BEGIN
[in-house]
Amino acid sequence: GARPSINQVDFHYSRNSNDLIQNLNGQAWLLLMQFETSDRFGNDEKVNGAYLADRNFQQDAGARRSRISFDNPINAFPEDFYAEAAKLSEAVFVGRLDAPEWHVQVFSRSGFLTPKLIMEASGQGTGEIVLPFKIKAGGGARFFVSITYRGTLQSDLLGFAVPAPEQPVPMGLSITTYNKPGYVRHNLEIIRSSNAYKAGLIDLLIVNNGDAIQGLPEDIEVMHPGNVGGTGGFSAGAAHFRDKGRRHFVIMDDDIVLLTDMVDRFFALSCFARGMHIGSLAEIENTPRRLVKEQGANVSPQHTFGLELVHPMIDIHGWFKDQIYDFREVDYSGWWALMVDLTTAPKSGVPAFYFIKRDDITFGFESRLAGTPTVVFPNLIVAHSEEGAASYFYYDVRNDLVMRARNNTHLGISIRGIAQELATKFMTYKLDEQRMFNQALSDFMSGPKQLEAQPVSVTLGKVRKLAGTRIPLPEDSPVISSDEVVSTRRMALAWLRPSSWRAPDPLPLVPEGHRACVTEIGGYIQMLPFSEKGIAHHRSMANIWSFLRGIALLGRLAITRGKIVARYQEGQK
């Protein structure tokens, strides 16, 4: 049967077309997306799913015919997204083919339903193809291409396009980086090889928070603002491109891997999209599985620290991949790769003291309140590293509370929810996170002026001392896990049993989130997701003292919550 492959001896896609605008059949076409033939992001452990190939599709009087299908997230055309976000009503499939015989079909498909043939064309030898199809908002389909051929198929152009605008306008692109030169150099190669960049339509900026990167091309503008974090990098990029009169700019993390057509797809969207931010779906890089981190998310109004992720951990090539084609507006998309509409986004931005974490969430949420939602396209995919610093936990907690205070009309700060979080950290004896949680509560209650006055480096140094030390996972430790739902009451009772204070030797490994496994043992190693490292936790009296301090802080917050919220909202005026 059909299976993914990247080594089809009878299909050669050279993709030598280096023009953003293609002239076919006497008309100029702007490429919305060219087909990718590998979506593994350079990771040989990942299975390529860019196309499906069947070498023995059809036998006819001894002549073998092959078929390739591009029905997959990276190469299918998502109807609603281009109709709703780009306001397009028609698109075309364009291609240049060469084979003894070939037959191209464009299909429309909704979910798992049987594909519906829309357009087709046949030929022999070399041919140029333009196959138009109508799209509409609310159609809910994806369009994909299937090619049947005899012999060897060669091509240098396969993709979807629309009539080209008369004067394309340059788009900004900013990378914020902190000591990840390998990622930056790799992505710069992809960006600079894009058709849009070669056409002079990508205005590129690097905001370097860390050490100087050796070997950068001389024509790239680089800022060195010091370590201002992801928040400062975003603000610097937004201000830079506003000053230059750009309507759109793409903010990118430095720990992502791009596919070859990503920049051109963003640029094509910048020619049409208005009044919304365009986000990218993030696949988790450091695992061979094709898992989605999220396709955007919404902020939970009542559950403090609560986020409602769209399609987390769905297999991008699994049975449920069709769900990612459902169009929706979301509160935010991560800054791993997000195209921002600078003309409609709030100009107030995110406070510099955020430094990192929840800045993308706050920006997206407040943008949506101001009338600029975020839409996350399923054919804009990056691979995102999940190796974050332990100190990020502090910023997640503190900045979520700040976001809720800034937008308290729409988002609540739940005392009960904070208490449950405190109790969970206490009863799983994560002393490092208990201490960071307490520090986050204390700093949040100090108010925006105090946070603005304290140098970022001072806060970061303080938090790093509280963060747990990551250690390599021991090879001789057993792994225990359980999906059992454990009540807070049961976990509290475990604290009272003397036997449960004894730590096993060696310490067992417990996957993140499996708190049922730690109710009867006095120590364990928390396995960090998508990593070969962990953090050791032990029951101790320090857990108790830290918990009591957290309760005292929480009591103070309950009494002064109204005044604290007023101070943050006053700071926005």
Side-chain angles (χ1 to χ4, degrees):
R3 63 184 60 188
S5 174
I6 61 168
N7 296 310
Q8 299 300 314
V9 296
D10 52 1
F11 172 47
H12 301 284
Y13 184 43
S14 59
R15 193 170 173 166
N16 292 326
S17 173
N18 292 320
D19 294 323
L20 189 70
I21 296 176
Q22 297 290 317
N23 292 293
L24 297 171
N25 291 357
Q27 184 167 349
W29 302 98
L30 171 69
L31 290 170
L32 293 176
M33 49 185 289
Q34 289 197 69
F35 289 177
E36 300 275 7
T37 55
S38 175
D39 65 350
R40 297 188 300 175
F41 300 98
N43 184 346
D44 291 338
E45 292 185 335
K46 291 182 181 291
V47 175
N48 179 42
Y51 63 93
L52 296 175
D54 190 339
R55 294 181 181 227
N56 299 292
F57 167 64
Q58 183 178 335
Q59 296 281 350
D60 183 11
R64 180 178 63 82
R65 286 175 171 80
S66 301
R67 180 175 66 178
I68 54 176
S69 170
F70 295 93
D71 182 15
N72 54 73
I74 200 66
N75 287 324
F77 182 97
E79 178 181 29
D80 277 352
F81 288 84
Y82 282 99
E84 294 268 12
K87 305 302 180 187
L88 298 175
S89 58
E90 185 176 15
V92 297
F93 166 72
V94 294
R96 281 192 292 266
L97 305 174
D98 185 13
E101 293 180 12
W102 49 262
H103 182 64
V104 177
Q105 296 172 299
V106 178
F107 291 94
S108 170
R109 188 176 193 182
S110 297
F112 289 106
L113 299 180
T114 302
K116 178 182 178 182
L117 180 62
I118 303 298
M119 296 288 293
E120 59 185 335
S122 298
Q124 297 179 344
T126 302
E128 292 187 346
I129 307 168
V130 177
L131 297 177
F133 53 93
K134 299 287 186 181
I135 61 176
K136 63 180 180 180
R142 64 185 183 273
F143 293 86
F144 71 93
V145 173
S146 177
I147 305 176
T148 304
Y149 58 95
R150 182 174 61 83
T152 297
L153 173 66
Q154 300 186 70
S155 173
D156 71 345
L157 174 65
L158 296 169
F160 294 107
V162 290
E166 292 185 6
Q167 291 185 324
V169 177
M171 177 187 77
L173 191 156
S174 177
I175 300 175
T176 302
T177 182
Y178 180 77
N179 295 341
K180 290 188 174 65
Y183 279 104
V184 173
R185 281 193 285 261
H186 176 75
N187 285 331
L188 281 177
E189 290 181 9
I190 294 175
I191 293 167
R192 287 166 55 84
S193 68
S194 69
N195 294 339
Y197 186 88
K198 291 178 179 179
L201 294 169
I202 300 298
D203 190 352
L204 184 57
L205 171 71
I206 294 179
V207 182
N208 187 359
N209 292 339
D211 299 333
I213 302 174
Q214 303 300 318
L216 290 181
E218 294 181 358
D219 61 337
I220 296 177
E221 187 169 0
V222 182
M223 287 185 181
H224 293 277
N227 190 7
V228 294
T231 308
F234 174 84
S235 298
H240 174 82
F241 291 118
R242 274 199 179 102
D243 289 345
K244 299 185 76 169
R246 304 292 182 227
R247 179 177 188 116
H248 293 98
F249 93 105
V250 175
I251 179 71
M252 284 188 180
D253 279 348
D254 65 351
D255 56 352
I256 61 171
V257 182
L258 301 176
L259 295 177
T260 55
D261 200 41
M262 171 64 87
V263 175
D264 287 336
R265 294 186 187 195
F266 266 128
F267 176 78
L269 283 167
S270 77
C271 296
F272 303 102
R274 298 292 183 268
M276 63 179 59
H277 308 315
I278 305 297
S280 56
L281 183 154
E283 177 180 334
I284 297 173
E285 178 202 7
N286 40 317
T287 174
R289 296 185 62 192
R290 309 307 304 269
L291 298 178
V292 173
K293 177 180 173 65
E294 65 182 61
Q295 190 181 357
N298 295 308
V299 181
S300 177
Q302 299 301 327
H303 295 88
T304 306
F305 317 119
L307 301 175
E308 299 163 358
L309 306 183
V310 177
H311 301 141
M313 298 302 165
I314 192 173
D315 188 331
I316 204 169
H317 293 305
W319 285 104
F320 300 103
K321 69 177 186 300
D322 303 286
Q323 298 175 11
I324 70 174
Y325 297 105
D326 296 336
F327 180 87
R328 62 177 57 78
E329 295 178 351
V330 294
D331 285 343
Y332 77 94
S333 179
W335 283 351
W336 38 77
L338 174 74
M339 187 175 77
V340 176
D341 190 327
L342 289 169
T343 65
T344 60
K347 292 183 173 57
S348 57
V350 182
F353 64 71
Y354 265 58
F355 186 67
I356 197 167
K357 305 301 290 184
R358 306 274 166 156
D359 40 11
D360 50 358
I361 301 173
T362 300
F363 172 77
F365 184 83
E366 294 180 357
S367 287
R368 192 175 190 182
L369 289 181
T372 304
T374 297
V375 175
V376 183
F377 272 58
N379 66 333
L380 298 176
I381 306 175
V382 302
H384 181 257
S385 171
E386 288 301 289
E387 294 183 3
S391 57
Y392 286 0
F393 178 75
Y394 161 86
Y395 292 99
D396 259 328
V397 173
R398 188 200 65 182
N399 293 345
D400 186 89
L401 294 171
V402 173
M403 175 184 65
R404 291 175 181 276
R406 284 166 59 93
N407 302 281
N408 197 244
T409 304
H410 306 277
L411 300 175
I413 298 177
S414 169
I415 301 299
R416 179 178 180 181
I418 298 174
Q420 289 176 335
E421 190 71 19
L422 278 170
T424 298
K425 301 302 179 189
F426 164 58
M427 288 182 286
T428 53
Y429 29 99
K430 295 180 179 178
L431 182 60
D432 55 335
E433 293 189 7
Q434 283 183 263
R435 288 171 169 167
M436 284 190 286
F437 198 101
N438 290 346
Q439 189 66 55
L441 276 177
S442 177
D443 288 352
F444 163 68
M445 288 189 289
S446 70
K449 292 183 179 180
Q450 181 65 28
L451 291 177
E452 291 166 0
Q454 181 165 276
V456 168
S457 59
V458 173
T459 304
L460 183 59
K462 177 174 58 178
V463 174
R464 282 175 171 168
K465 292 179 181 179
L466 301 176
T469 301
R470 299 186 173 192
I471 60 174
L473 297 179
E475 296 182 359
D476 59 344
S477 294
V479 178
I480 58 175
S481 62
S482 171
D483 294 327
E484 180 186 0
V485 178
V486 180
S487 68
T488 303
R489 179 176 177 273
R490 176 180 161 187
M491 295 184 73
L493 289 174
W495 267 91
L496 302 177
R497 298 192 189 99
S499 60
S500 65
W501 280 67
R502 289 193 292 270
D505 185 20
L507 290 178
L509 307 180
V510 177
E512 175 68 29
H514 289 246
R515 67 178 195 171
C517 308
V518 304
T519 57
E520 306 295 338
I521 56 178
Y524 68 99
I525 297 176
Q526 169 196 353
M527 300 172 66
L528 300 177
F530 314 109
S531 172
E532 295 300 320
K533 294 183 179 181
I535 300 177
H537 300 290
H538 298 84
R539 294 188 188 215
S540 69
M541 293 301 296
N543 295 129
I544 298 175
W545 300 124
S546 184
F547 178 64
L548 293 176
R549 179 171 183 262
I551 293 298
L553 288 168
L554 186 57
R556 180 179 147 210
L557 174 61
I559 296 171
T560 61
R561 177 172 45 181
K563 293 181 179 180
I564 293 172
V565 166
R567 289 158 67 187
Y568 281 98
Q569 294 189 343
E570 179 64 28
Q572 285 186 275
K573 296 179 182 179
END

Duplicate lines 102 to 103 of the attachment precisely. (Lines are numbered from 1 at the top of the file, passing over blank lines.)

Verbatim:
Q124 297 179 344
T126 302